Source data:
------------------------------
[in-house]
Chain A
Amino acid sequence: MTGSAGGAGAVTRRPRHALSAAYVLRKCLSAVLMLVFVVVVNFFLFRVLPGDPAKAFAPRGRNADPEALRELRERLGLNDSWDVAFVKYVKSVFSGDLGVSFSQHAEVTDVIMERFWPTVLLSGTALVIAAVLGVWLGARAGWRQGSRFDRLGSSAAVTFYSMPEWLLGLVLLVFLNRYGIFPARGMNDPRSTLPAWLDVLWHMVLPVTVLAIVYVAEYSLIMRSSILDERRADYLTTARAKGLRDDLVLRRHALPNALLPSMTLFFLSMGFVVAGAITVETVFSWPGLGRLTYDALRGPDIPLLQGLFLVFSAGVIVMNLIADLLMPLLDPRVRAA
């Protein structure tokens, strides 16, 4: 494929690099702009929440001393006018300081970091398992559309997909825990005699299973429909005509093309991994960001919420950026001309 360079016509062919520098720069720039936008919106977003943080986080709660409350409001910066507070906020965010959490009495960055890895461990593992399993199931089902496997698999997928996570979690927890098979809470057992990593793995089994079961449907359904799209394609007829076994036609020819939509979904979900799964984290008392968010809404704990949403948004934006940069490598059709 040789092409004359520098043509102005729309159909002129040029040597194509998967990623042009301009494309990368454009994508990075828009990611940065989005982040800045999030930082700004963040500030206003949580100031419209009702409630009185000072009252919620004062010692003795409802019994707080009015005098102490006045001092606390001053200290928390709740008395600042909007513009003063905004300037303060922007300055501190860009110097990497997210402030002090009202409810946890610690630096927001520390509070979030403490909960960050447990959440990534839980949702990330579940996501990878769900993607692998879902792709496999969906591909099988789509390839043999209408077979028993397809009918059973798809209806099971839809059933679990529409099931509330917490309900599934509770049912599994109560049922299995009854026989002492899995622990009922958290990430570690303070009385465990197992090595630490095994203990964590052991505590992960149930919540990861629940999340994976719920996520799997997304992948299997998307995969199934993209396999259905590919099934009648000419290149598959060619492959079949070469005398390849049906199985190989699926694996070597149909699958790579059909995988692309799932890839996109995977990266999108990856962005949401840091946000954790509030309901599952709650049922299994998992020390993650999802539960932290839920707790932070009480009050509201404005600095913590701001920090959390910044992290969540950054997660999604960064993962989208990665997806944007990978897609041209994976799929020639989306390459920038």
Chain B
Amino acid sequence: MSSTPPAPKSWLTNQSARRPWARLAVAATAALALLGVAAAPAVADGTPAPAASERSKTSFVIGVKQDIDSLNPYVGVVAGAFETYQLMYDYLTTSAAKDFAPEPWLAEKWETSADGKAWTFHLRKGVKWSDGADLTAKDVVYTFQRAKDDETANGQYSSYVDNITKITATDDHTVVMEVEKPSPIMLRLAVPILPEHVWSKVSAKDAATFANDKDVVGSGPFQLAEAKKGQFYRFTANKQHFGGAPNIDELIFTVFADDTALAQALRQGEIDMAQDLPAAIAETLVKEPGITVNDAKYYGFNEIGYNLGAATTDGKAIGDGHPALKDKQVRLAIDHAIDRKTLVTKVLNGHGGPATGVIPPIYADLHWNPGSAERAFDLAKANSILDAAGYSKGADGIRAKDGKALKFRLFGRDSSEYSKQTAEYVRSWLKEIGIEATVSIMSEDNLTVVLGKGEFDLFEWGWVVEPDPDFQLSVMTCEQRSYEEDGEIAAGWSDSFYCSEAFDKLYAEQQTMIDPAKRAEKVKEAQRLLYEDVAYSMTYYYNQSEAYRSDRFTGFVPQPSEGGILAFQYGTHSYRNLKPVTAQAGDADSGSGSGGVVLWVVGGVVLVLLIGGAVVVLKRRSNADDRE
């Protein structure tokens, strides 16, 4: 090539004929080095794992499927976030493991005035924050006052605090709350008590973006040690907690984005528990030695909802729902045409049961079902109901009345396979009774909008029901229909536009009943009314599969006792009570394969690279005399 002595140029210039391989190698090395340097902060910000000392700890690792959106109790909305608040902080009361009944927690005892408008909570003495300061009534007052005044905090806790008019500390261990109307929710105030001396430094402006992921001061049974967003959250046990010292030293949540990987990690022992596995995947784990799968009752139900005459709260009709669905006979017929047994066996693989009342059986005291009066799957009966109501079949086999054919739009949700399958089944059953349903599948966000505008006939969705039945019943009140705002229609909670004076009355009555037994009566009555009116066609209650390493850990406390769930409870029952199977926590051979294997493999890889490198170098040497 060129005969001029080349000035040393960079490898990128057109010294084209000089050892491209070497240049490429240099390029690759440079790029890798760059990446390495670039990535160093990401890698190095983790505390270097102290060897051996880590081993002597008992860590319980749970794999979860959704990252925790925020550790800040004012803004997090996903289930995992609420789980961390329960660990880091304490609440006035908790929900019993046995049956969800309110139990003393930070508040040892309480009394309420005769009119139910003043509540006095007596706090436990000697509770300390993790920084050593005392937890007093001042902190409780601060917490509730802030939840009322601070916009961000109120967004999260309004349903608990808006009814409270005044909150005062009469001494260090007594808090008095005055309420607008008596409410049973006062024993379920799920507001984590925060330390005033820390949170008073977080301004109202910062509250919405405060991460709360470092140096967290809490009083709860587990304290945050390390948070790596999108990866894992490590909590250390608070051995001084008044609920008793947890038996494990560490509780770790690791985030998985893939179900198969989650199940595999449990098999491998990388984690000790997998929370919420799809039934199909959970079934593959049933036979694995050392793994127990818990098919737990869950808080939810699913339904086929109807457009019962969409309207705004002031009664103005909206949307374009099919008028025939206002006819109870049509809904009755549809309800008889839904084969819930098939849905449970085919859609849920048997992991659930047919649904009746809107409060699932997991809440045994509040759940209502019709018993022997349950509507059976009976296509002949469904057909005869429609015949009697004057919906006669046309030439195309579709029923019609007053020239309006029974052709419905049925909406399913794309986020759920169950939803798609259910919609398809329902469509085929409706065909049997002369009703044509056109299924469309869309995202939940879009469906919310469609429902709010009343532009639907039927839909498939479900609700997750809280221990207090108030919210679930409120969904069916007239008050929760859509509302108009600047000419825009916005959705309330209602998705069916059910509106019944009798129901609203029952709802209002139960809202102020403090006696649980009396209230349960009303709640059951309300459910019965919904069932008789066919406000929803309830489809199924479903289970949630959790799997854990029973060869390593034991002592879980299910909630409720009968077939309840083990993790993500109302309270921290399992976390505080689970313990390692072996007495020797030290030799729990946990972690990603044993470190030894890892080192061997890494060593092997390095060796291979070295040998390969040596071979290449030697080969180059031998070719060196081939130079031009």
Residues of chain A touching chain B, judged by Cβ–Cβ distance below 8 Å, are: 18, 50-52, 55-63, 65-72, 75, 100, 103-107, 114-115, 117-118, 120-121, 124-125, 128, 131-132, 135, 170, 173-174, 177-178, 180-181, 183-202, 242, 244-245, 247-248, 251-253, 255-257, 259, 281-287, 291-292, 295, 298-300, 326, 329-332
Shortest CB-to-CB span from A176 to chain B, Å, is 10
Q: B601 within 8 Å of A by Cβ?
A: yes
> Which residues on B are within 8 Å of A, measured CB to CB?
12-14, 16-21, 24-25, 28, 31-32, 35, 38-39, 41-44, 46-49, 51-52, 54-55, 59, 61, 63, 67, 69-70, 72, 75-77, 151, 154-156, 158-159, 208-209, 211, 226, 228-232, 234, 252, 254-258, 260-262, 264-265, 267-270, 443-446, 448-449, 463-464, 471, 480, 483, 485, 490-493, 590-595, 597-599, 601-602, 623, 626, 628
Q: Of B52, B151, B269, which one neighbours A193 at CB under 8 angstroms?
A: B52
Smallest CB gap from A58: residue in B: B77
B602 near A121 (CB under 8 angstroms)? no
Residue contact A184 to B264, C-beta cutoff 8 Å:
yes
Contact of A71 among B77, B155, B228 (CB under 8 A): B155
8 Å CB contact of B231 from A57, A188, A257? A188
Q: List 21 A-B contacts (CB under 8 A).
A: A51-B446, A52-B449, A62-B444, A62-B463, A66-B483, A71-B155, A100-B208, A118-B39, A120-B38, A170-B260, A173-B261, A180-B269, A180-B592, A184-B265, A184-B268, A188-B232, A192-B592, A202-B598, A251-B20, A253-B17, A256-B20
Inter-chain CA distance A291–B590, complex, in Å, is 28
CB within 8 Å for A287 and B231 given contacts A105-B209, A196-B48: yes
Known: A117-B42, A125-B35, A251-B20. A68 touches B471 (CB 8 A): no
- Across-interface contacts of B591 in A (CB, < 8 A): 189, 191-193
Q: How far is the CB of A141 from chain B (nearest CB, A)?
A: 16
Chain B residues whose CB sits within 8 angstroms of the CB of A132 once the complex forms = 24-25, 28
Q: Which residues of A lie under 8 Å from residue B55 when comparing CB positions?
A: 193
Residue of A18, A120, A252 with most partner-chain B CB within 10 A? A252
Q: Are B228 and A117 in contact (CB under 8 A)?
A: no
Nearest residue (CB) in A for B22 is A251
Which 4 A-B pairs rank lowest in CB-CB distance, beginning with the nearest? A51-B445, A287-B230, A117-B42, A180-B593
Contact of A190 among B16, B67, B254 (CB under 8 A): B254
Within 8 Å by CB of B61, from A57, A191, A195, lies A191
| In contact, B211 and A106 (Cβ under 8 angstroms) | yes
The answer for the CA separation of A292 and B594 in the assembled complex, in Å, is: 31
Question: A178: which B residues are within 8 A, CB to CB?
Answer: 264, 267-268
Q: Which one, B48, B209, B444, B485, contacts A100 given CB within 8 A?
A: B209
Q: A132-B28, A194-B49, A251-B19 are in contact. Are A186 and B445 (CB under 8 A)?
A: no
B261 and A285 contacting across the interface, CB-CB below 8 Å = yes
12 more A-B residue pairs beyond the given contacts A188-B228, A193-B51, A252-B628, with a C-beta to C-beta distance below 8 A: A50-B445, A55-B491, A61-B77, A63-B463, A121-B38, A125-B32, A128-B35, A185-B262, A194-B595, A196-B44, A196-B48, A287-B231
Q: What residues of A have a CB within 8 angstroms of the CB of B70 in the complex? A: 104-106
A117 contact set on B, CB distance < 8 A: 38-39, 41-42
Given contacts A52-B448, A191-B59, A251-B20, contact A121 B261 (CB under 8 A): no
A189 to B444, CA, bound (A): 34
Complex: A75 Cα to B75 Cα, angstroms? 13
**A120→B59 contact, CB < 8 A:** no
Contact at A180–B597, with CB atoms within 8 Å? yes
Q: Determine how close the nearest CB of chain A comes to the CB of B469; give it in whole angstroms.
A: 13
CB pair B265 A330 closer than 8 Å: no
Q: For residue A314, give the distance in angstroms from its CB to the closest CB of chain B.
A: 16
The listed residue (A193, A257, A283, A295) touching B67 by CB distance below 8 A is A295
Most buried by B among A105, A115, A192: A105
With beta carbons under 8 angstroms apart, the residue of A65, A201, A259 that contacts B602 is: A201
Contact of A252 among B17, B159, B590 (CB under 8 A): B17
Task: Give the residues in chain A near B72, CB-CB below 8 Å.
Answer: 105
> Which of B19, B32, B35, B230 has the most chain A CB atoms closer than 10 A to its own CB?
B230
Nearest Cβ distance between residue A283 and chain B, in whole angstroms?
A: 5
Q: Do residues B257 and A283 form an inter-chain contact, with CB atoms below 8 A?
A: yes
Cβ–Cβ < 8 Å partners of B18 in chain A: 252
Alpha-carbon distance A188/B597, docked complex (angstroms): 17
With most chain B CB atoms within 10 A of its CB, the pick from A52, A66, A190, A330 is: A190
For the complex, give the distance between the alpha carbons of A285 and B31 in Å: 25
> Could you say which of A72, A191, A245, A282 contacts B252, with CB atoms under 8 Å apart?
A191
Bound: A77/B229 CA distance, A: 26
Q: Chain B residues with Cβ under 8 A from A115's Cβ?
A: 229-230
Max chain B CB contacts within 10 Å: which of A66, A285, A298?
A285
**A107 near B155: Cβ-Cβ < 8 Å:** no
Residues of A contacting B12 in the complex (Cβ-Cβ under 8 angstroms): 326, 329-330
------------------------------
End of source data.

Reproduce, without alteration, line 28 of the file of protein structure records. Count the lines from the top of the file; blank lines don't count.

Q: How far is the CB of A141 from chain B (nearest CB, A)?